Fantastic Beasts and Where to Find Them Review: The New World

Eddie-Redmayne-in-Fantastic-Beasts-and-Where-to-Find-Them1.jpg

I feel very lucky to have grown up with Harry Potter. I was three when the first book came out and seven when I saw the first film at my local cinema. I have memories of first discovering the books (coming to them with Azkaban) and my dad reading them to me then eagerly awaiting every single film.

By the time the franchise had wrapped itself up with Deathly Hallows Part 2 in 2011 I had finished school and was approaching adulthood. It’s fair to say that I don’t remember not having Potter in my life.

When they announced Fantastic Beasts would be the inevitable continuation of the Potter franchise I was excited. Some were cynical, of course, yet this wasn’t a cash grab, spinning-off into a Marauders prequel. Instead, it was going to New York, focusing on new characters and a new time period.

The story was original, interesting and filling in some much-wanted backstory in the Potter universe.

It made it all the more disappointing then that major casting decisions tainted a predominantly wholesome universe. The people who grew up with Harry Potter were now older and more open to the changing world than they were back then and the promise of an extension of their favourite universe promoting stronger messages of diversity, where so many big franchises fail, was an enticing prospect.

Yet, ‘Fantastic Beasts’ holds back these bigger problems for another day. It’s great. A romp. It recaptures some of the magic we grew to love with the ten year Potter series and injects some new things into it.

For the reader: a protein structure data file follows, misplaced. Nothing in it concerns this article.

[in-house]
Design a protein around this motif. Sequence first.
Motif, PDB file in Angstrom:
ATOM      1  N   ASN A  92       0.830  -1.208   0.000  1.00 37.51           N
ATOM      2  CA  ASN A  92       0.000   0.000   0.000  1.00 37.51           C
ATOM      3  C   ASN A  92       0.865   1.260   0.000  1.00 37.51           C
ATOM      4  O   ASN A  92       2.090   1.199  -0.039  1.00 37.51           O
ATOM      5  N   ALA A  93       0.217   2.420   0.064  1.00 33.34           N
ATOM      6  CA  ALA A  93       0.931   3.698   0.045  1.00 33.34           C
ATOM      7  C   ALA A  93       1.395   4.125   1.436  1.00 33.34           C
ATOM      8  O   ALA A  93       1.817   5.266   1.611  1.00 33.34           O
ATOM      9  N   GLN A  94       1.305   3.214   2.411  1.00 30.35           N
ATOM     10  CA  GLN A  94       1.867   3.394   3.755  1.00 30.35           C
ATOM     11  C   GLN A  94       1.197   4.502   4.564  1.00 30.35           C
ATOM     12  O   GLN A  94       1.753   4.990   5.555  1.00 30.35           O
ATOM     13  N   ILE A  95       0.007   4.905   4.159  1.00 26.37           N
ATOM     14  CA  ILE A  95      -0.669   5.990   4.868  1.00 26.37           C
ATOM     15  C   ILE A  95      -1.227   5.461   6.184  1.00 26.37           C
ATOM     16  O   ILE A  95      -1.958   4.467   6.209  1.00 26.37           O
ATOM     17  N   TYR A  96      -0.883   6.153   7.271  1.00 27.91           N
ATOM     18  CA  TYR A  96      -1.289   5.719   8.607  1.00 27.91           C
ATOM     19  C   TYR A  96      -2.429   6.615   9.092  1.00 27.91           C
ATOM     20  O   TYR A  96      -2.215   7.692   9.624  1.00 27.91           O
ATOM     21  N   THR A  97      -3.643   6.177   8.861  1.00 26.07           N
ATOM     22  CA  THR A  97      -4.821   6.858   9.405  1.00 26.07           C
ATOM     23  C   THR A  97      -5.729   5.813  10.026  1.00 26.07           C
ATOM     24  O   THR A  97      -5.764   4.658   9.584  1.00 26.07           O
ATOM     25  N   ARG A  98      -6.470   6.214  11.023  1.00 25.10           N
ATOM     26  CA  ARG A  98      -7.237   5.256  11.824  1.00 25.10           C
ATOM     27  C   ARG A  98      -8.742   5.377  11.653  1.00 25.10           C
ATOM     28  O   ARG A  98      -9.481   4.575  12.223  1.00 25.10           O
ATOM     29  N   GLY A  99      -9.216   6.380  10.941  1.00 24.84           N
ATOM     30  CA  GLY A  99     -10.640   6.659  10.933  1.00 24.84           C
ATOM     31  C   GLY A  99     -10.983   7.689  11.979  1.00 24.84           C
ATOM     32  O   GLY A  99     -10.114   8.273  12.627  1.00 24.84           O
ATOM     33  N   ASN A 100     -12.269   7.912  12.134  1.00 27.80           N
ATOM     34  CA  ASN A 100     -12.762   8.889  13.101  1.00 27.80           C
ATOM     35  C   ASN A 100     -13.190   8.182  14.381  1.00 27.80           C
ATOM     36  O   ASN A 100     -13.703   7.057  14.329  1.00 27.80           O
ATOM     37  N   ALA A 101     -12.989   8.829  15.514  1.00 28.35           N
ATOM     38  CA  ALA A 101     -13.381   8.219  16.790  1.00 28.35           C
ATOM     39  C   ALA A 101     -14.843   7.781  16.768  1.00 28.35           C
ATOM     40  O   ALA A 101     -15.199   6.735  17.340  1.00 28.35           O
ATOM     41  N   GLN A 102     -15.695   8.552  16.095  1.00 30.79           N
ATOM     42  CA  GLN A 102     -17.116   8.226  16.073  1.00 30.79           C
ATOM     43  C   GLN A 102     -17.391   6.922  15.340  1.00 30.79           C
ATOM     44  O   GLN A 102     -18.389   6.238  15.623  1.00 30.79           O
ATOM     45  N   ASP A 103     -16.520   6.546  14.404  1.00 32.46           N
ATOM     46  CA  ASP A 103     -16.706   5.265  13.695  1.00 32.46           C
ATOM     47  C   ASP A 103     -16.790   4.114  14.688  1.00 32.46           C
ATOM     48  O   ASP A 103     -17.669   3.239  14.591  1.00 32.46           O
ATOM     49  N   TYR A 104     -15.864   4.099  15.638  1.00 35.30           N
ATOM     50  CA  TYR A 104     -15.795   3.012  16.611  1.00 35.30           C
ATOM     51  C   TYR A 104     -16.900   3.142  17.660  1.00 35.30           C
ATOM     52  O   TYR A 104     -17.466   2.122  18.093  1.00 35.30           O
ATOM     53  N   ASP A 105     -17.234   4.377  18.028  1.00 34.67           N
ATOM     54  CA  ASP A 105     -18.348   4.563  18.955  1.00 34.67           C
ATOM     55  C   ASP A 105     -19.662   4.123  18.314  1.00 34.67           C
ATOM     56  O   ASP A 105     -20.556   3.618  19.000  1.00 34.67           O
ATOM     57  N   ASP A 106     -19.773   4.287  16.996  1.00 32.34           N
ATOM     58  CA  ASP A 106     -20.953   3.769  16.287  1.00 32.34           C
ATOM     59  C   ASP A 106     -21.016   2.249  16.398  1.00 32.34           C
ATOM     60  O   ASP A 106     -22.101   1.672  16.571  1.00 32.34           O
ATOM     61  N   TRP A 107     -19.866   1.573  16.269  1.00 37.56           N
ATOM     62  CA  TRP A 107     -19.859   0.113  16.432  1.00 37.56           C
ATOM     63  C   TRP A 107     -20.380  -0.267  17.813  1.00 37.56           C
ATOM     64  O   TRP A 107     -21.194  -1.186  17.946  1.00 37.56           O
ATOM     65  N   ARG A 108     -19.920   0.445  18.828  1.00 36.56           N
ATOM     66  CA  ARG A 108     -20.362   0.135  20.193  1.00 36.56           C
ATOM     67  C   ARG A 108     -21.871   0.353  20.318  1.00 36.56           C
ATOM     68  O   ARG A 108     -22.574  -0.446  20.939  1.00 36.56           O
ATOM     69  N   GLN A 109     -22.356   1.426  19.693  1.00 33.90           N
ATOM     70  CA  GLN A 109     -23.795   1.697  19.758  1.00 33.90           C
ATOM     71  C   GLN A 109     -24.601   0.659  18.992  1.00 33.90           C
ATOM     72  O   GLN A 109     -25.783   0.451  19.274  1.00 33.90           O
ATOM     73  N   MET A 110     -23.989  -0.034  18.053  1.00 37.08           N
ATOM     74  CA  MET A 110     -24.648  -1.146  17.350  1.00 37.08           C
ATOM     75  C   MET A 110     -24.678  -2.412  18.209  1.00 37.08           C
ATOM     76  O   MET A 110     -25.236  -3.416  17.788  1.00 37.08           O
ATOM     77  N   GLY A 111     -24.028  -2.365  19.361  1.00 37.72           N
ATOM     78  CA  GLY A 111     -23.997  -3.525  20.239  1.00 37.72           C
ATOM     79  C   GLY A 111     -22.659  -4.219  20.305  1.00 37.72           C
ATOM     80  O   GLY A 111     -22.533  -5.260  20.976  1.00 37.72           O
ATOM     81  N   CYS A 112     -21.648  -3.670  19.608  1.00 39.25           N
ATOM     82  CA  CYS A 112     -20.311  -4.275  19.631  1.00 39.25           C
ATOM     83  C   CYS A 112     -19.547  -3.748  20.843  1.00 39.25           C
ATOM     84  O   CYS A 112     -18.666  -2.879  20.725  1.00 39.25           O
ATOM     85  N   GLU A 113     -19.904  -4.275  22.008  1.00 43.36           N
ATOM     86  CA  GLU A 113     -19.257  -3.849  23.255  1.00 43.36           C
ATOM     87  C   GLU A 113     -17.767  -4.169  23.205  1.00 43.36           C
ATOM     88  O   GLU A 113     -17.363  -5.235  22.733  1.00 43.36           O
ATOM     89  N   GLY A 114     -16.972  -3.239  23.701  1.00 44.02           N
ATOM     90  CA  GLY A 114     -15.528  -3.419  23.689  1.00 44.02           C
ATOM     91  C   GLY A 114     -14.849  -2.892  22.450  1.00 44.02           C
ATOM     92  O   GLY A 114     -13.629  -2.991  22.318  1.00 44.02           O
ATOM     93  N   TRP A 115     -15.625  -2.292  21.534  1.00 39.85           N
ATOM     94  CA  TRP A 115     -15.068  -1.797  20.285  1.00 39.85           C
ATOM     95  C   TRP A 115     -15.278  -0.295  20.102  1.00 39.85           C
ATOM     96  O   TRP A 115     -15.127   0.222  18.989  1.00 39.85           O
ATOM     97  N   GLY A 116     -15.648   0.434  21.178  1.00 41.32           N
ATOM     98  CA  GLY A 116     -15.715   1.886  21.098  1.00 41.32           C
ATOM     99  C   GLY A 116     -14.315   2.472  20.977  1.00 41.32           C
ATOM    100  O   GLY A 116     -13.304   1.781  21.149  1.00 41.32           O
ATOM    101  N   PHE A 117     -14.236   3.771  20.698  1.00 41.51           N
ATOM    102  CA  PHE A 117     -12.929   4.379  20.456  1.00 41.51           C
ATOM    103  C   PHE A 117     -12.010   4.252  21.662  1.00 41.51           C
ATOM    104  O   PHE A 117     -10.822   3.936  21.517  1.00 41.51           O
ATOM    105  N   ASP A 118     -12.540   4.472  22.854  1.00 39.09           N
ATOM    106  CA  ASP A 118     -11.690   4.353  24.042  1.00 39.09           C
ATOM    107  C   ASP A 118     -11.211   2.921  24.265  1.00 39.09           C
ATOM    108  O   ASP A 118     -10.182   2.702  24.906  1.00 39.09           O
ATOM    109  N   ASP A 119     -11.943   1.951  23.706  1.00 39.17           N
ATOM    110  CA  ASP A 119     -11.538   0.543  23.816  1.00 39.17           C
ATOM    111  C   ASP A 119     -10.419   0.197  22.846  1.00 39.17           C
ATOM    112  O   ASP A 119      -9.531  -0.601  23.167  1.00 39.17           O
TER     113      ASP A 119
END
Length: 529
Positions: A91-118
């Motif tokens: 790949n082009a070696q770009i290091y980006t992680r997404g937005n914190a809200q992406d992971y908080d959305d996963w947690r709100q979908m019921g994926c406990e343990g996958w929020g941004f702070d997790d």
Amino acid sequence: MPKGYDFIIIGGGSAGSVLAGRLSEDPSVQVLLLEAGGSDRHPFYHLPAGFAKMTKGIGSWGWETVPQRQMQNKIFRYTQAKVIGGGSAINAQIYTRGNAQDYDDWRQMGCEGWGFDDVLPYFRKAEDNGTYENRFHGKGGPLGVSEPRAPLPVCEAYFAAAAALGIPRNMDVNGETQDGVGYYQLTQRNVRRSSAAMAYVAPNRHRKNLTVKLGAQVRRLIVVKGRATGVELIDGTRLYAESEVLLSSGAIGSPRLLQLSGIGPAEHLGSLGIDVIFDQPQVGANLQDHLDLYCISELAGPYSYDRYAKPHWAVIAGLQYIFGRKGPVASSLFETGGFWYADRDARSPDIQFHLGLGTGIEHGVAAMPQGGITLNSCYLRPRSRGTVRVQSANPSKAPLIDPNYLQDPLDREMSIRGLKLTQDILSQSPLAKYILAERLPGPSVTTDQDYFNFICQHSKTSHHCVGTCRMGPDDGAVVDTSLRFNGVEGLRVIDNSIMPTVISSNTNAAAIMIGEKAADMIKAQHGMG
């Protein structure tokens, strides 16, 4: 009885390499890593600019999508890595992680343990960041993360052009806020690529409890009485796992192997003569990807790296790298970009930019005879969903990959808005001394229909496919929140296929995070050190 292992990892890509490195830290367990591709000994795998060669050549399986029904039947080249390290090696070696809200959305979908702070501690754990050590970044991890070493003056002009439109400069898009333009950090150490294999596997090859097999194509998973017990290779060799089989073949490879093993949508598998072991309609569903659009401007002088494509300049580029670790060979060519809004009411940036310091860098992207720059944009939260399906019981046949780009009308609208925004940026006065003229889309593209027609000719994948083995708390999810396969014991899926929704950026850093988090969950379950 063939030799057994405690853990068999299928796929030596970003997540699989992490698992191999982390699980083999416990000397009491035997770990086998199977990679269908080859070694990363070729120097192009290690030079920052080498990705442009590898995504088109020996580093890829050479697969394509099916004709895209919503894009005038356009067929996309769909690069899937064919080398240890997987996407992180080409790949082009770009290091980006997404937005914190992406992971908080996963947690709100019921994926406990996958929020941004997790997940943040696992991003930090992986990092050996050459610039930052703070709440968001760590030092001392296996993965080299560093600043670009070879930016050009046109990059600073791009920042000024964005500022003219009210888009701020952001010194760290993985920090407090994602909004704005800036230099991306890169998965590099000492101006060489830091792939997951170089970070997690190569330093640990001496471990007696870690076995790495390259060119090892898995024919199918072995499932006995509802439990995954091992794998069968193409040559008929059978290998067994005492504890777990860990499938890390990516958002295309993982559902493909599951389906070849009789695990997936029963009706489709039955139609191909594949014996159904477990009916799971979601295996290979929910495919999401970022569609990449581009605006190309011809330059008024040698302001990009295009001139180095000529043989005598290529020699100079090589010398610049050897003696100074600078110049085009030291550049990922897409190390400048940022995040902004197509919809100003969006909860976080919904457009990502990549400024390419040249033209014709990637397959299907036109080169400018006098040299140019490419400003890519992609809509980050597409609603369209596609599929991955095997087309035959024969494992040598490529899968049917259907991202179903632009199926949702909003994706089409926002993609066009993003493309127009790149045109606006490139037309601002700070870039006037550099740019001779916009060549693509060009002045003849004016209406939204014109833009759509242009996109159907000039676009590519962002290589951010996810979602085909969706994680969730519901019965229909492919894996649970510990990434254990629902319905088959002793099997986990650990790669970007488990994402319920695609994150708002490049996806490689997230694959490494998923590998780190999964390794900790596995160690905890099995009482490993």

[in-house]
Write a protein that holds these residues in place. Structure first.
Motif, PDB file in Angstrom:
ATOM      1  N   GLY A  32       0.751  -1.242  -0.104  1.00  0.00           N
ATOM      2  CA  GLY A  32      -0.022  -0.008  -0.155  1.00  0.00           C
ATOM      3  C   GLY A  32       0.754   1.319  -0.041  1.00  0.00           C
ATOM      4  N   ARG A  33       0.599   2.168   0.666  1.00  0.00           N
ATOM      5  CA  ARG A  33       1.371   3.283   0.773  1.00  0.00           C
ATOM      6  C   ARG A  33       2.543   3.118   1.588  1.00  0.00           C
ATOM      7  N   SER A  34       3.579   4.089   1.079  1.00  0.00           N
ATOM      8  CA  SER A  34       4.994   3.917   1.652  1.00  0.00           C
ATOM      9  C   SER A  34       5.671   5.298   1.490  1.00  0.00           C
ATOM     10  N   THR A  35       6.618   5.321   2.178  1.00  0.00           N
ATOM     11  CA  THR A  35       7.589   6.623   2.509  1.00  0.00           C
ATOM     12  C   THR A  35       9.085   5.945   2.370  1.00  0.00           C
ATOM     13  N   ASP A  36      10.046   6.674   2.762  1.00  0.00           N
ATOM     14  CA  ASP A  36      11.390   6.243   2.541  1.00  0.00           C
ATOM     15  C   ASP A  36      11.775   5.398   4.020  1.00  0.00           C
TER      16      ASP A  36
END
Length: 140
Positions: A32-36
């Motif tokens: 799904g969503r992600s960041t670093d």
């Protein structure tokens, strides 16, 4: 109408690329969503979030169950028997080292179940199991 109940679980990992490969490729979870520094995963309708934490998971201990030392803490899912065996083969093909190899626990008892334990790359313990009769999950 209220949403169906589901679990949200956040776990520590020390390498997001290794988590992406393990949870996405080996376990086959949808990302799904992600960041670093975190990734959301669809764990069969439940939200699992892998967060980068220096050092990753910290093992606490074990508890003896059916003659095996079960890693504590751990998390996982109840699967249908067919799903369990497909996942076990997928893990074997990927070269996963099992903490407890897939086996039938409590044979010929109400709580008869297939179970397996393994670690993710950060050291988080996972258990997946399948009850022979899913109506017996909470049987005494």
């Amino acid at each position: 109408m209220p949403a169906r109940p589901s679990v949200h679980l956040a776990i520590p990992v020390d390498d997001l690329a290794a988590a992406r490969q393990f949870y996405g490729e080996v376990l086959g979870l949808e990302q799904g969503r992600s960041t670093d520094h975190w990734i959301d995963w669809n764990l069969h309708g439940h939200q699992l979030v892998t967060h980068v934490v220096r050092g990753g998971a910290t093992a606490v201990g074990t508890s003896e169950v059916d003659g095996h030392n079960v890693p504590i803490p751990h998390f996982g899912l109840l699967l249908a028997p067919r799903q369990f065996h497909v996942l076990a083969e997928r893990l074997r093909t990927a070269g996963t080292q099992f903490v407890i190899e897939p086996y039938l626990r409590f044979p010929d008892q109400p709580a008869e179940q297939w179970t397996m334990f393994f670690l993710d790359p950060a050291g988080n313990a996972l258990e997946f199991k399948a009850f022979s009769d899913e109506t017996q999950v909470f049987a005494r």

Predominantly white cast aside, Its flaws are there, big and wide and full of uneasiness, yet they’re not entirely un-rectifiable. Despite beginning with the familiar Potter theme over the WB logo. a problem I had with the trailers, it quickly shifts into its own neat groove.

Like Philosophers Stone ‘and Where to Find Them’ has the heavy lifting to do, taking plenty of time to introduce, re-introduce and establish it’s dark new world. But if you didn’t mind it back in 2001 then you won’t care here.

‘Fantastic Beasts’ has great characters and intriguing world building with nice touches of wry British humour and some wonderful imagination. It’s most definitely part of the same universe and its flaws don’t particularly come into play whilst you’re watching it.

Eddie Redmayne is very Matt Smith as The Doctor, all long-limbed and not looking people in the eye. His beasts are the exception and they’re visually great. Sometimes you feel like they’re a bit too silly for the universe that made goblins and dragons as part of the ancient, magical world as the castles. Yet, they really just provide a push to get the story going.

The true drama erupts from a grotty orphanage where Mary Lou (Samantha Morton) run a magic hating regime and Ezra Millers Credence Barebone is at the brunt end of her anger. The film can become really dark and the introduction of an ancient beast called The Obscurus really resonates with the film’s themes of abuse.

The oppressive society portrayed here is a horror show that depressingly resembles our real world and it’s also where the film finds its feet. Miller is fantastic as the repressed boy trying to do right and he finds a place between madness and sadness that really stays with you.